Why You Should Care about the Consumer Price Index

The Consumer Price Index is commonly referred to in investing circles. If you are an investor, understanding what the Consumer Price Index is and how it works is very important. Here are the basics of the Consumer Price Index and why you should care about it. 

Consumer Price Index

The Consumer Price Index is an index calculated by the U.S. Department of Labor's Bureau of Labor Statistics. This index was originally created as a way to measure the change in prices between identical products over a certain period. For example, they would look at the price of a box of cereal on one day and then look at it in a year to see if the price had changed. They would do this for many different products and then total up the findings.

In more recent years, the index has been used to determine the changes in the cost of maintaining a constant standard of living. This means that it is now looked at as a way to figure out the cost of living in the United States today. It is also used to determine the real gross domestic product for the United States every year.

What It Tells Us

This information can be very valuable to Americans and investors in general. By looking at the consumer price index, you can get an idea of what inflation was for the previous year. Knowing how much inflation is can be very important, as you are looking at different investment options and determining the performance of your own investments.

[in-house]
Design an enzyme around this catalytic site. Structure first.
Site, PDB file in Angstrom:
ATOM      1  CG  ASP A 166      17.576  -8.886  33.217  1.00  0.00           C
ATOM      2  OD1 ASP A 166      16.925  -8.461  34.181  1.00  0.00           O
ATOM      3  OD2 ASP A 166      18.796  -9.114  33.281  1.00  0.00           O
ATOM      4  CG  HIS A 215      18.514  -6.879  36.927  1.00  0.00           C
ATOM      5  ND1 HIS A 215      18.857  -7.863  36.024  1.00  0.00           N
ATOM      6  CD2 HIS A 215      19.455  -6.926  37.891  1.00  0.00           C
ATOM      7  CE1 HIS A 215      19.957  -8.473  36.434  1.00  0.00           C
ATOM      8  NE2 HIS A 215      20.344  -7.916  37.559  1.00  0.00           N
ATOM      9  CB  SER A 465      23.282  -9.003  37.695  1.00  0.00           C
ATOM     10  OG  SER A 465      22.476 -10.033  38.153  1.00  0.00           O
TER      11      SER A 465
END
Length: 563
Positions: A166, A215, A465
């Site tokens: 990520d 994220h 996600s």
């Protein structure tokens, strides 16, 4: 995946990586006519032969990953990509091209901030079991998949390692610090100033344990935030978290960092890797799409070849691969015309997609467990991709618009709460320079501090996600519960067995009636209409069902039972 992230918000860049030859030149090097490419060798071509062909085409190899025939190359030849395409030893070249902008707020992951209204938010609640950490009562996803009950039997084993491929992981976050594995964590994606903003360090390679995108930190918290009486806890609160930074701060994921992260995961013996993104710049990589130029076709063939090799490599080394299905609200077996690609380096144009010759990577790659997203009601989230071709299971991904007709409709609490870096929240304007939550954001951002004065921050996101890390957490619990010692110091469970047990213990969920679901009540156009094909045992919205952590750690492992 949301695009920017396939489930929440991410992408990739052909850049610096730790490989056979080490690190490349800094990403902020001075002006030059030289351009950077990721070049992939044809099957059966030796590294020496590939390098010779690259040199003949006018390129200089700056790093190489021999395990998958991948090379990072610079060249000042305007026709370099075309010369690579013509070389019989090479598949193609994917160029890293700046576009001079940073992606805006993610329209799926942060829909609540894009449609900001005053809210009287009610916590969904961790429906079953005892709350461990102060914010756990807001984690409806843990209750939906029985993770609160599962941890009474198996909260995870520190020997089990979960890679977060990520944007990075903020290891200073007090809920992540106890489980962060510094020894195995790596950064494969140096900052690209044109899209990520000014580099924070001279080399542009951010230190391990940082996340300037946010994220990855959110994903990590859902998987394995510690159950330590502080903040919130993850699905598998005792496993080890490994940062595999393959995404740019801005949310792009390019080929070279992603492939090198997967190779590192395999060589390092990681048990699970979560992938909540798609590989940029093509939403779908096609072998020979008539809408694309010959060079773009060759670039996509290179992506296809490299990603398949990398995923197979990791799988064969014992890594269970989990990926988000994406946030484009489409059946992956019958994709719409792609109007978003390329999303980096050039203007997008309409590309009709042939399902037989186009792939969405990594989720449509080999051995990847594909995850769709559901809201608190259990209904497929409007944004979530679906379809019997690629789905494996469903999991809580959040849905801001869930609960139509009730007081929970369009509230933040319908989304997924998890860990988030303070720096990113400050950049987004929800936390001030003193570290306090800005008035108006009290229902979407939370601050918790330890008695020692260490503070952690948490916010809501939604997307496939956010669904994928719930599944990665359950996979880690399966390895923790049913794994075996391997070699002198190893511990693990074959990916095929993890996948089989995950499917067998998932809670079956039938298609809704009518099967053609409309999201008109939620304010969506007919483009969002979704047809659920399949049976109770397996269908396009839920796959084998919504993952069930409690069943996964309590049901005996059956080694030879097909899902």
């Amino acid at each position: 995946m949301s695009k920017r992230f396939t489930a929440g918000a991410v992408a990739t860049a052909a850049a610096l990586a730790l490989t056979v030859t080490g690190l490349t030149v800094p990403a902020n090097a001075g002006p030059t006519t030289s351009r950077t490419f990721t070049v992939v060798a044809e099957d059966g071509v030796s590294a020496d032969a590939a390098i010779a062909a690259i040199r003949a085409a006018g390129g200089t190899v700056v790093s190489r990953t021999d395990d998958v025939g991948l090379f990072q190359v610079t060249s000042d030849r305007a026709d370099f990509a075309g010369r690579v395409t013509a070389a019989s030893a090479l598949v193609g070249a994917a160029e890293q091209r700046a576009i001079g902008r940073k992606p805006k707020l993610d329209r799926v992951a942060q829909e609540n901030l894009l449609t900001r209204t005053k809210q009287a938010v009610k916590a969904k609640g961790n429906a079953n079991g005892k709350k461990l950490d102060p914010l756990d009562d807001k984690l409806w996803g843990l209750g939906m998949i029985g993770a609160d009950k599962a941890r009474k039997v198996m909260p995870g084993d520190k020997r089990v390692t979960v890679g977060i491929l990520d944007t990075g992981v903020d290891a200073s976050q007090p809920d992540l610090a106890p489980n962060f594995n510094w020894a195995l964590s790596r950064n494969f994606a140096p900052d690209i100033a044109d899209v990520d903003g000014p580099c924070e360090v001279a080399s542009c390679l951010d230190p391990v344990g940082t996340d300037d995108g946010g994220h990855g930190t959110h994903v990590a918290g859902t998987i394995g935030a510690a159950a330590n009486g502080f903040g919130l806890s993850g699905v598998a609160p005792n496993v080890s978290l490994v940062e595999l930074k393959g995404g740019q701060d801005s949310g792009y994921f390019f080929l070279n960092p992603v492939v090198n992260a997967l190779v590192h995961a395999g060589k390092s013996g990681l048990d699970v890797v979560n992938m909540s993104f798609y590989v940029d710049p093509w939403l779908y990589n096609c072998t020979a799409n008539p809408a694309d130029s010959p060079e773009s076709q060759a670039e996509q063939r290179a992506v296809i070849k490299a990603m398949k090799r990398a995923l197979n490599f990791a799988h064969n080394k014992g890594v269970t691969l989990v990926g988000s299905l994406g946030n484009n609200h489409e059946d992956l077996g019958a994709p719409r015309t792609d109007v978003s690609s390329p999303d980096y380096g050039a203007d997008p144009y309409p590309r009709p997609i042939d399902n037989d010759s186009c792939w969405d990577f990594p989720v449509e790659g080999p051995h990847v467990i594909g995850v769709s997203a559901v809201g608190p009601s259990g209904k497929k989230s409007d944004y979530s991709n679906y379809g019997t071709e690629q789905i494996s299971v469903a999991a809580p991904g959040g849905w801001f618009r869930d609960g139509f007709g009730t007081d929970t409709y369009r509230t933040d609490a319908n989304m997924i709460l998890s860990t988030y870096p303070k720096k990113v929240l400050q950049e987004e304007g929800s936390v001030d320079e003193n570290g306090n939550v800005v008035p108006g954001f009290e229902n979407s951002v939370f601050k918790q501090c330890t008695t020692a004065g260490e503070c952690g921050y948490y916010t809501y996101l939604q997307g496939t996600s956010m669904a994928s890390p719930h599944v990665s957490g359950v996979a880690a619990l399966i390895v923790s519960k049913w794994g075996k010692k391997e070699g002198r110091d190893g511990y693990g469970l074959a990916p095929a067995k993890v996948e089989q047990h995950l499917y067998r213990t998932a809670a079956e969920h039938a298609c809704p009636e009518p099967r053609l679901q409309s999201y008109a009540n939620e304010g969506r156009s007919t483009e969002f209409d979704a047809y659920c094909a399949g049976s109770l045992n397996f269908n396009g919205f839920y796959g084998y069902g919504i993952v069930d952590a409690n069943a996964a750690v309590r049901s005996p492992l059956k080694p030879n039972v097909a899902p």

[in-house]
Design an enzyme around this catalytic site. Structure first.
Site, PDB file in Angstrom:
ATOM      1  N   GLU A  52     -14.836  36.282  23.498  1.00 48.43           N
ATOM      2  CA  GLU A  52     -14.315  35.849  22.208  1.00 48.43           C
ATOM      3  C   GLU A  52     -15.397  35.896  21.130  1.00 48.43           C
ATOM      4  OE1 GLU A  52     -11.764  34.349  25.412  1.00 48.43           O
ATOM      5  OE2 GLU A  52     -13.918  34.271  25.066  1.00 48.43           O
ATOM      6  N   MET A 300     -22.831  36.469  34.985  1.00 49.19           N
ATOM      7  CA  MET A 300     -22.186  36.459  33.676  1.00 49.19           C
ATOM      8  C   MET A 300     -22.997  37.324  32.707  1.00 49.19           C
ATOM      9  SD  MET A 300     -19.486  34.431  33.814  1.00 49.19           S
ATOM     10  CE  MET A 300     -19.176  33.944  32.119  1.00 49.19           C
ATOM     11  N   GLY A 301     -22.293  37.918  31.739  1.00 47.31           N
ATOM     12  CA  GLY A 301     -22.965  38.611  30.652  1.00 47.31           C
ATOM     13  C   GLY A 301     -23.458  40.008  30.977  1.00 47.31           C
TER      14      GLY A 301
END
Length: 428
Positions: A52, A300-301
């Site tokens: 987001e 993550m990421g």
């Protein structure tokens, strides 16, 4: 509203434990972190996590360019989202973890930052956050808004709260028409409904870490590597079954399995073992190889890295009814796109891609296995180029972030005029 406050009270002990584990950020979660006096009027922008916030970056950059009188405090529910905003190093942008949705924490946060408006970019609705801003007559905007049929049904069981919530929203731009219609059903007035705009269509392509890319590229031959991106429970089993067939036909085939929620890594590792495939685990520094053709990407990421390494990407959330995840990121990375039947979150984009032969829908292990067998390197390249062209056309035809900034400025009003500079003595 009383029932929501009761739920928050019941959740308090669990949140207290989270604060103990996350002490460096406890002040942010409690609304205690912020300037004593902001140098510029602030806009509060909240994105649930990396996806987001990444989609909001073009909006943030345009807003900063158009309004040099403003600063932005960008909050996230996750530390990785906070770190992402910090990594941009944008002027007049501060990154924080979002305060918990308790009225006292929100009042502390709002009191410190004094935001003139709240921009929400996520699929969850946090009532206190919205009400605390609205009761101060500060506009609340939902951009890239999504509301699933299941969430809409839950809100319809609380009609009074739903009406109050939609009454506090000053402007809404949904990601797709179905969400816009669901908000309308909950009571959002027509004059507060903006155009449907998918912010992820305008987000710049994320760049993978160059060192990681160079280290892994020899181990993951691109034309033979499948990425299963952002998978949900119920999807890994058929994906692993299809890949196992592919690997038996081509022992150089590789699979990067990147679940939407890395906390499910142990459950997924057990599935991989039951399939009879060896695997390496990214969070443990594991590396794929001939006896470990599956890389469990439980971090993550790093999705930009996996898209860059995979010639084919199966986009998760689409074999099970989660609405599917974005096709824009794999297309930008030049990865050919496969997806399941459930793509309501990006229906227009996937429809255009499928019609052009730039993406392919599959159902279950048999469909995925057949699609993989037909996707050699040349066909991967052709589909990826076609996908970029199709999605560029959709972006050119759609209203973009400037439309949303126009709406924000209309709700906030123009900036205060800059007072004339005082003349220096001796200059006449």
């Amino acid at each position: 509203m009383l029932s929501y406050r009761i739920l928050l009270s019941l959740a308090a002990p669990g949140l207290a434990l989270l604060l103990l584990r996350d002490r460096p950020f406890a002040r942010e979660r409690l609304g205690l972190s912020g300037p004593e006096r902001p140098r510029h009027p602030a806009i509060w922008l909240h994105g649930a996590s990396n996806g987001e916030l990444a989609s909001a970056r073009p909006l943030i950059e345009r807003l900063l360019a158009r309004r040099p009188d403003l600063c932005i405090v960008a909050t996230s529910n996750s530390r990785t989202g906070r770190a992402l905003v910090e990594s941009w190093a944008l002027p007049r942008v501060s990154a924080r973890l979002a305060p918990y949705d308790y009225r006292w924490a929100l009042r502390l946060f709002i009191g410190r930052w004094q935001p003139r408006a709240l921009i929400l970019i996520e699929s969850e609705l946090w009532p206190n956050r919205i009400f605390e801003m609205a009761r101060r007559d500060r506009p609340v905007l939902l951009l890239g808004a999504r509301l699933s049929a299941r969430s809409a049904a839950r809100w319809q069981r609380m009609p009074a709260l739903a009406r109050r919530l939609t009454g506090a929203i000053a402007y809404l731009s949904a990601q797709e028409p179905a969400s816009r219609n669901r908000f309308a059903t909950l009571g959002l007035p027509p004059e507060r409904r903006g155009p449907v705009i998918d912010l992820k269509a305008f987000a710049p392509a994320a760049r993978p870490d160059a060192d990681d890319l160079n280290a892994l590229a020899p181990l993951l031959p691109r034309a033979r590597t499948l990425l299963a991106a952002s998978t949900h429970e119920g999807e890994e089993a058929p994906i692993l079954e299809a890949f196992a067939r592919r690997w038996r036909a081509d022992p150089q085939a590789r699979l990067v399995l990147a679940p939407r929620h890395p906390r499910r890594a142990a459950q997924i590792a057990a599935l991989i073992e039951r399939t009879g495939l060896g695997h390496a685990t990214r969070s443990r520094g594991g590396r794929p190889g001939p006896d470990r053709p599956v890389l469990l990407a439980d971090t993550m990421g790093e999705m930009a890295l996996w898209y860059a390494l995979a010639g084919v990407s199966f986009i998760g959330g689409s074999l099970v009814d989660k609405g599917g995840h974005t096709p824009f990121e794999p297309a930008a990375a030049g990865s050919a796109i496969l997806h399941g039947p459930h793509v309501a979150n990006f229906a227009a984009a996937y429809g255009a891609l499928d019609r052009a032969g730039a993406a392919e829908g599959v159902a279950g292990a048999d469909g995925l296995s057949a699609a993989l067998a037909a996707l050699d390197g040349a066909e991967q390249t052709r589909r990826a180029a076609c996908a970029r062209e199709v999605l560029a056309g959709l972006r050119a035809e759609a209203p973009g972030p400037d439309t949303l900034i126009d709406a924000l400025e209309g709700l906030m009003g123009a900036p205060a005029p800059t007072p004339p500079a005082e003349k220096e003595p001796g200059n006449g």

Real Returns

Every investor should spend some time looking back at the performance of her investments over the previous year. This is necessary in order to determine if your investments are going to be good enough to keep for another year or if you should liquidate them. 

When you are trying to determine how your investments have performed, it is important for you to look at the real returns of the investments in your portfolio. If you simply look at the rate of return for your investments, you are not going to be getting the entire picture. You need to look at the real returns, the amount of money that you made after inflation. In order to know how much money you made, you need to subtract inflation from the returns on your investment. For example, if your stock brought you a 7 percent return for the year and inflation was 3 percent for the year, you would subtract the 3 percent from the 7 to get a real return of 4 percent. 


In some cases, inflation can directly affect the performance of investments. For example, there are I bonds that you can buy from the United States Treasury that are directly affected by changes in the Consumer Price Index. In this case, the bonds are awarded an amount of interest that is equal to the change in the Consumer Price Index plus a fixed amount of interest. 

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